Can You Take Out a Life Insurance Policy on Someone Else?

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ByMandy Sleight
Edited byRae Osborn
ByMandy Sleight
Edited byRae Osborn

Updated: June 13, 2024

Advertising & Editorial Disclosure

When it comes to life insurance, it's common for individuals to be both the policyholder and the insured. However, it's also possible for the two parties to be different people. If you're considering buying life insurance for someone else, you must meet certain conditions to ensure the arrangement is valid and legal.

Generally, you can take out a life insurance policy on someone else if the following conditions apply:

  • You get the other person's consent to take out life insurance on them.
  • You have proof of insurable interest, which means the other person's death would cause financial hardship in your life.

If you are planning on getting life insurance on someone else, make sure you understand the associated regulations and important considerations.

Key Takeaways

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You can take life insurance out on someone else if you have an insurable interest in the person you want to buy life insurance on.

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You cannot get a life insurance policy on someone without them knowing. The insured must give consent and sign the application for the policy to be approved and issued.

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Buying life insurance for someone else means you become the payor and are responsible for paying the premiums to insure the other person.

How Life Insurance Works

Life insurance serves as a financial safeguard, offering monetary stability to beneficiaries after the insured's passing. This arrangement involves three key roles: the insured, the policyholder and the beneficiary.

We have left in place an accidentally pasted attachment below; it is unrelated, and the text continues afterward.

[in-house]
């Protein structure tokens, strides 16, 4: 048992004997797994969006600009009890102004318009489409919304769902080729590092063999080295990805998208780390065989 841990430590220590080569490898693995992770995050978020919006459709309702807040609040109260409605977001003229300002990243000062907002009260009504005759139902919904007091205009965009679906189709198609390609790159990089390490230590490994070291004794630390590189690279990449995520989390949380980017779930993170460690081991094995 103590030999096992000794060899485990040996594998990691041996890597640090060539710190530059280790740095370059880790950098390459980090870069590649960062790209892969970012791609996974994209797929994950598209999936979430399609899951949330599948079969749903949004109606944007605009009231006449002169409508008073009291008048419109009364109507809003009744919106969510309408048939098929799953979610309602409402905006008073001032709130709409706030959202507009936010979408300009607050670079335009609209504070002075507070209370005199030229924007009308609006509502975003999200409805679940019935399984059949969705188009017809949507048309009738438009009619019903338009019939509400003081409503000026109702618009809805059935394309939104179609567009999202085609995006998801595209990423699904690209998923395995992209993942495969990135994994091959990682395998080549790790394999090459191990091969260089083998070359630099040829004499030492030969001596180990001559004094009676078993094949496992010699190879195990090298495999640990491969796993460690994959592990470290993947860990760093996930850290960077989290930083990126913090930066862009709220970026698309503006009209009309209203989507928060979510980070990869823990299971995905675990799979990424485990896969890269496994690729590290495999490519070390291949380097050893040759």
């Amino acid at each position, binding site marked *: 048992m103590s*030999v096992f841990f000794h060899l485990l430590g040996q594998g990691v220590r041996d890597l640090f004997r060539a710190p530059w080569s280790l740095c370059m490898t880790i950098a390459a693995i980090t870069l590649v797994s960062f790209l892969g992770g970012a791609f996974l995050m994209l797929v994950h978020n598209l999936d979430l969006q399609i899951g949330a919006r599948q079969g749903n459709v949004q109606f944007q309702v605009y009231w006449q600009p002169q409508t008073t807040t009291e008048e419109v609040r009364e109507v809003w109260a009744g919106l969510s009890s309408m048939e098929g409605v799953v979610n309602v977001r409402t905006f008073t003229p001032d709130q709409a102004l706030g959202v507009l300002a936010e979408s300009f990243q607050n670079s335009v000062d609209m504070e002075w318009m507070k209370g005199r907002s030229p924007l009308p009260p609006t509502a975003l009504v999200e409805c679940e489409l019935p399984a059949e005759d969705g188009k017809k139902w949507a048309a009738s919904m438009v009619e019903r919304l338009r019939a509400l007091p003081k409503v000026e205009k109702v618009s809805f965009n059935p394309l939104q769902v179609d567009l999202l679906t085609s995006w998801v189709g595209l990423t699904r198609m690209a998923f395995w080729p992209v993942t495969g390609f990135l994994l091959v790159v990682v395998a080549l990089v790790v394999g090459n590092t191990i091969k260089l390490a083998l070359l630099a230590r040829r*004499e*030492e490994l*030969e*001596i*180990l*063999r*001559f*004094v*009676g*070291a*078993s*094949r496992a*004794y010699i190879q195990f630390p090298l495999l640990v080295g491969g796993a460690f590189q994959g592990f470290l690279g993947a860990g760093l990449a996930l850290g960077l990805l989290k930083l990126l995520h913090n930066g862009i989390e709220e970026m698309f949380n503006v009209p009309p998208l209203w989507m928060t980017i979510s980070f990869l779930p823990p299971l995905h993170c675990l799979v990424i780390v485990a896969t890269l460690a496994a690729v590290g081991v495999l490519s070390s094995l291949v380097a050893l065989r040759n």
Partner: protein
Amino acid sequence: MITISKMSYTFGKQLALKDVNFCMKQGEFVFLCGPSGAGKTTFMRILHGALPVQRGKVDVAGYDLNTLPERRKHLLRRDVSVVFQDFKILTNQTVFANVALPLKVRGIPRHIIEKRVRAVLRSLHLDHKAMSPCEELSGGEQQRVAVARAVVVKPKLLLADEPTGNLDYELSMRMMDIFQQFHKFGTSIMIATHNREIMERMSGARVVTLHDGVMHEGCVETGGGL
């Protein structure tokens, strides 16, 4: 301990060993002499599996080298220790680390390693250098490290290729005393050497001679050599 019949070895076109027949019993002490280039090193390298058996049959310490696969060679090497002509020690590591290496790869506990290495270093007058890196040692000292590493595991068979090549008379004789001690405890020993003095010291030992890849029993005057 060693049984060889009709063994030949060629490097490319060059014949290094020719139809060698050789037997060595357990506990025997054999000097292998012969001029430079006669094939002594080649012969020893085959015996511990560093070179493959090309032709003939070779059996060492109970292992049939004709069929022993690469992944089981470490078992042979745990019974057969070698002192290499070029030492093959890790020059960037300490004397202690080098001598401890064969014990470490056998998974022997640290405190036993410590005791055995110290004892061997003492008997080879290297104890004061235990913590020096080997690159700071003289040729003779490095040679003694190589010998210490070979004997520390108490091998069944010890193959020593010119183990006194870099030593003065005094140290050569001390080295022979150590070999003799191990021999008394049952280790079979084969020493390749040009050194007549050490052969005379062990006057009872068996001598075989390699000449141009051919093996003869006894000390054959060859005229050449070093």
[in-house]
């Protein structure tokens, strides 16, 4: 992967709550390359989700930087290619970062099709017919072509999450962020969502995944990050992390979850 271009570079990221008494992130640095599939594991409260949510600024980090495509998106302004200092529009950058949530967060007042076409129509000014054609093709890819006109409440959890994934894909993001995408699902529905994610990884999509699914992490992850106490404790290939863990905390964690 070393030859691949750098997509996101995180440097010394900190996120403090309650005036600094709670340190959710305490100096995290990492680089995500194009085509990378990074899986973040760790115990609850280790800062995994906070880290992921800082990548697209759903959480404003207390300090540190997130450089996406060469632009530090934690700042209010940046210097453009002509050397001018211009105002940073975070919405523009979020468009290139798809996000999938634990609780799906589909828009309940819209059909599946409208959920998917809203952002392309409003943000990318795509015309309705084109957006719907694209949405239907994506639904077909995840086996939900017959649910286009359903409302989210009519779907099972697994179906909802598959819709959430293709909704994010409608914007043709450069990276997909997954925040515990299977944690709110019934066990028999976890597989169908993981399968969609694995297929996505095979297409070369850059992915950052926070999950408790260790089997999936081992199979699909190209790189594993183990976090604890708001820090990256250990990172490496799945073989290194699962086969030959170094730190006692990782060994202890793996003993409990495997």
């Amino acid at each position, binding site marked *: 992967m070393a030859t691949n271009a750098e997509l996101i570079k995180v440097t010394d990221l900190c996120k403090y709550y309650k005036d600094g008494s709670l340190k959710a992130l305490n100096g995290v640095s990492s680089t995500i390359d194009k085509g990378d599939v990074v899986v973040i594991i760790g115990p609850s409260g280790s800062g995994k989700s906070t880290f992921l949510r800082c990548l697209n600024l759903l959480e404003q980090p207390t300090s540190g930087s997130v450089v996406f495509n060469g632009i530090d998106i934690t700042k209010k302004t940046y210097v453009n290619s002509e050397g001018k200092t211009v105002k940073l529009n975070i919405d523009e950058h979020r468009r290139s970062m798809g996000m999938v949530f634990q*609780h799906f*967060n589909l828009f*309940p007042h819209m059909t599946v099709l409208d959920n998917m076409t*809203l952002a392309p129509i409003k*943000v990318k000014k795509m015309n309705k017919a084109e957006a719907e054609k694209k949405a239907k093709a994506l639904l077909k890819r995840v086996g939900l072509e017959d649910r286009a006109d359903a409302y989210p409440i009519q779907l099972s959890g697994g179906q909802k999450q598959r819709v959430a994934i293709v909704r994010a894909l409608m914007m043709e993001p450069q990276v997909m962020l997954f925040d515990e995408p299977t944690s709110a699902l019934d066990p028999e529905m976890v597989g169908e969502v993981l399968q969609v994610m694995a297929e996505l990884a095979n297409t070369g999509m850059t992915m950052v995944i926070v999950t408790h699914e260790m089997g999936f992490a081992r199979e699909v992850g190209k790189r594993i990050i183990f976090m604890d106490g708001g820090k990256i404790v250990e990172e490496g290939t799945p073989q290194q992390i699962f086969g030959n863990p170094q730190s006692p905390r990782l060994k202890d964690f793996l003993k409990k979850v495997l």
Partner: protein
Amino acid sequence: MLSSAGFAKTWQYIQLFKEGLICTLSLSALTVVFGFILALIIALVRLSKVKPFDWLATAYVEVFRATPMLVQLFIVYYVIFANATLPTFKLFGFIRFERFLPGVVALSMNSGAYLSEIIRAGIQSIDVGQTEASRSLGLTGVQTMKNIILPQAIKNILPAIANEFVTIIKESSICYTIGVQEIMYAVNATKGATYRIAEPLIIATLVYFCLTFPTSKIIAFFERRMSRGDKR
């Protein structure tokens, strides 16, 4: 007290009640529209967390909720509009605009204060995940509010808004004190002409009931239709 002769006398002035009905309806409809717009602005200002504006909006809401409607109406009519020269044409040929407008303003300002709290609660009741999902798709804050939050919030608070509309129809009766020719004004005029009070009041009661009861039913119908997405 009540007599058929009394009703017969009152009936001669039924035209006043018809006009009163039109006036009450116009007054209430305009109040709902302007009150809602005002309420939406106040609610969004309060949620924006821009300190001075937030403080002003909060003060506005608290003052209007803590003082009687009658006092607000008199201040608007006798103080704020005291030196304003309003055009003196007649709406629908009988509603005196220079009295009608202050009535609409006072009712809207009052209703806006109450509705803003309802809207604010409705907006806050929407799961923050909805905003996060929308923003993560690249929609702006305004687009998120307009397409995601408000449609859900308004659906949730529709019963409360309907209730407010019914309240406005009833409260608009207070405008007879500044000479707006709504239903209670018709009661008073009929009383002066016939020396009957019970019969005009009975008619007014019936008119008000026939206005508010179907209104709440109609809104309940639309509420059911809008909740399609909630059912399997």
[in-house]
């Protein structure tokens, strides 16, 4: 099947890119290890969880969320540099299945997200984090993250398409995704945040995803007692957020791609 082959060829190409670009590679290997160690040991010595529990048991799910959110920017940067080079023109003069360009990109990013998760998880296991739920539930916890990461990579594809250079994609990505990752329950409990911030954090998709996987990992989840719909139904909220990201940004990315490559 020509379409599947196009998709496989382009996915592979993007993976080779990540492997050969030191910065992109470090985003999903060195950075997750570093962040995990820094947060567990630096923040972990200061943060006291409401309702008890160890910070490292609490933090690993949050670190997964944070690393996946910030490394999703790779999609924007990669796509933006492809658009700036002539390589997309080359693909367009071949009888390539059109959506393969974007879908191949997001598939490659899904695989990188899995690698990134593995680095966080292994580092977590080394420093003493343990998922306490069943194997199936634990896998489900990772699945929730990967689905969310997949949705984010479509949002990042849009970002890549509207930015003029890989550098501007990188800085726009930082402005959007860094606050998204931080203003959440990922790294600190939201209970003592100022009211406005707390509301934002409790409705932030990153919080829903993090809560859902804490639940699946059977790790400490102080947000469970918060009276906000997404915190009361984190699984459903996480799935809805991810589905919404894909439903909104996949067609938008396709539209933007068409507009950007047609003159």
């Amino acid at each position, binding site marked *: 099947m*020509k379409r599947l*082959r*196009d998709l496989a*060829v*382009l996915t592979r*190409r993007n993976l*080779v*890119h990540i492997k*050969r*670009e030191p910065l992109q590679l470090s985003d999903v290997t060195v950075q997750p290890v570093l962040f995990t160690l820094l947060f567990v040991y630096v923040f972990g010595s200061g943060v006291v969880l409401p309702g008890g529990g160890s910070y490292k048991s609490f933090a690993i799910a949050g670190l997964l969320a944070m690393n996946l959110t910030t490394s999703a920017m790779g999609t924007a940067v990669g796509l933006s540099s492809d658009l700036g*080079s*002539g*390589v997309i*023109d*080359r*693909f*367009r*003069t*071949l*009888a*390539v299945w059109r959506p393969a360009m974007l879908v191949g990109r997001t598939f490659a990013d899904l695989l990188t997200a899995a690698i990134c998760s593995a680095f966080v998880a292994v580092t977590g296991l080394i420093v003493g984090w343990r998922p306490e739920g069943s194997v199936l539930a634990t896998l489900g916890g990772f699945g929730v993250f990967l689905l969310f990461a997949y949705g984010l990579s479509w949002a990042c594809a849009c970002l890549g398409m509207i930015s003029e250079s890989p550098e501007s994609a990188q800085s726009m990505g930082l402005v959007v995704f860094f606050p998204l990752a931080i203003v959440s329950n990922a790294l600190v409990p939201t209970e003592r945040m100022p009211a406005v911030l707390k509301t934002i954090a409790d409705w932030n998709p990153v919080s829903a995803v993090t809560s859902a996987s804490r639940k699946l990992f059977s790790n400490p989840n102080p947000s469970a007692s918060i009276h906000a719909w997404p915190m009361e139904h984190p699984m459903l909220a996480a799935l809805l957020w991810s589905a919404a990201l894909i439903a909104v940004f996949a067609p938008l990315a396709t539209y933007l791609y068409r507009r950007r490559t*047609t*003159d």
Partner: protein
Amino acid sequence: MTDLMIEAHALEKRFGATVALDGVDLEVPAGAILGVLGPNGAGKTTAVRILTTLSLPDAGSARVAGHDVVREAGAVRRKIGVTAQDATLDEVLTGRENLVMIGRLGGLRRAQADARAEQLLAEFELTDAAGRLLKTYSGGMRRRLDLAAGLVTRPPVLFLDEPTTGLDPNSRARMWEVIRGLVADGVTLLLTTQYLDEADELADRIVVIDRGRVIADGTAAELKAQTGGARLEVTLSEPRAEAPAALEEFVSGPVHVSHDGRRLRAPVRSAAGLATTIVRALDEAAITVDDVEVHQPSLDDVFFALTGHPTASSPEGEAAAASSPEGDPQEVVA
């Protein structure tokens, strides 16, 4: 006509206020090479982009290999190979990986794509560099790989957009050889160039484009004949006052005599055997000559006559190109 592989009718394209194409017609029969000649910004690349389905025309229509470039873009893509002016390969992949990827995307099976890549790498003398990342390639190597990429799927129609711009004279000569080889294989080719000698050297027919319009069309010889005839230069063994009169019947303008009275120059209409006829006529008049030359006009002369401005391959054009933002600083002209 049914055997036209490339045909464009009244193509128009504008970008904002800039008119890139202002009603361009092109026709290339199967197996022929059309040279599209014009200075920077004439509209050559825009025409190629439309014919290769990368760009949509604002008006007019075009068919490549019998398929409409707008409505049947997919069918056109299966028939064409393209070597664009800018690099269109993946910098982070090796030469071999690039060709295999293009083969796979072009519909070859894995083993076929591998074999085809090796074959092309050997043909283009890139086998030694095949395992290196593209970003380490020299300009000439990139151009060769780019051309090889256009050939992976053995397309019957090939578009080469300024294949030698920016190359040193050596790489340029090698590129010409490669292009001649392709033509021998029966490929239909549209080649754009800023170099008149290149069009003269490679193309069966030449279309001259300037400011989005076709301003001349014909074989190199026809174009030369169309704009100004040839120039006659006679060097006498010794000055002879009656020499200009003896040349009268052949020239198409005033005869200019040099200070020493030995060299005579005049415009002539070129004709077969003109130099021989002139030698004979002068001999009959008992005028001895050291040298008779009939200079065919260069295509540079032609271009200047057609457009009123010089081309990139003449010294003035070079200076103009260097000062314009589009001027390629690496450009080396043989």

• The Insured: The individual whose life is covered by the policy.
  • The Policyholder: The person who owns the policy and is responsible for premium payments.
  • The Beneficiary: The individual or entity designated to receive the death benefit.

Typically, the insured and the policyholder are the same person. However, there are instances where these roles diverge. For instance, you might find yourself getting life insurance on someone else like a parent, a key business employee or a family member for whom you have an insurable interest. In these cases, the policyholder and the insured are different individuals.

Why Take Out Life Insurance on Someone Else

In most circumstances, people take out life insurance policies on themselves and name someone else as the beneficiary. But you might take out a life insurance policy on someone else for several reasons.

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    Financial protection of family members

    Life insurance is a great way to protect survivors financially. It makes sense to want to protect your family from the financial repercussions of someone’s death. Taking out life insurance on a family member can ensure the surviving relatives won’t be financially devastated if a breadwinner or caregiver passes away.

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    Security of business continuity

    You’ve put in the work to grow your business. The last thing you want is to lose a key person pivotal to its success. Since you can’t predict when a key employee or partner will pass away, getting life insurance on someone else within the business acts as a safety net. It can help ensure the business will continue to thrive if they pass.

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    Guaranteed future insurance coverage

    Anyone without existing life insurance could be one illness away from eliminating their chances of being approved for coverage. By getting life insurance for a minor child or young adult, you can lock in their insurability for life. Not only can you guarantee they’ll have life insurance coverage in the future, but you can also guarantee future coverage increases with a guaranteed insurability rider (if applicable).

Who You Can Take Out a Life Insurance Policy On

Taking out a life insurance policy on someone else is possible as long as you have an insurable interest in them. While life insurance on a family member is the most common, there are other times when buying life insurance for someone else makes sense. Here are some of the people you might have an insurable interest in:

Your spouse or life partner

In scenarios in which one spouse or partner is the breadwinner, it's practical to consider buying life insurance on the partner who is the primary breadwinner with the other partner designated as the beneficiary. The breadwinner may choose to get a life insurance policy themselves, but the other spouse can also take out a policy on them if they agree.

The surviving spouse can then use the death benefit as income replacement. Insuring the other partner can also allow the breadwinning survivor to maintain their employment and use the death benefit to pay for child care, home care and other services that the other spouse handled while alive.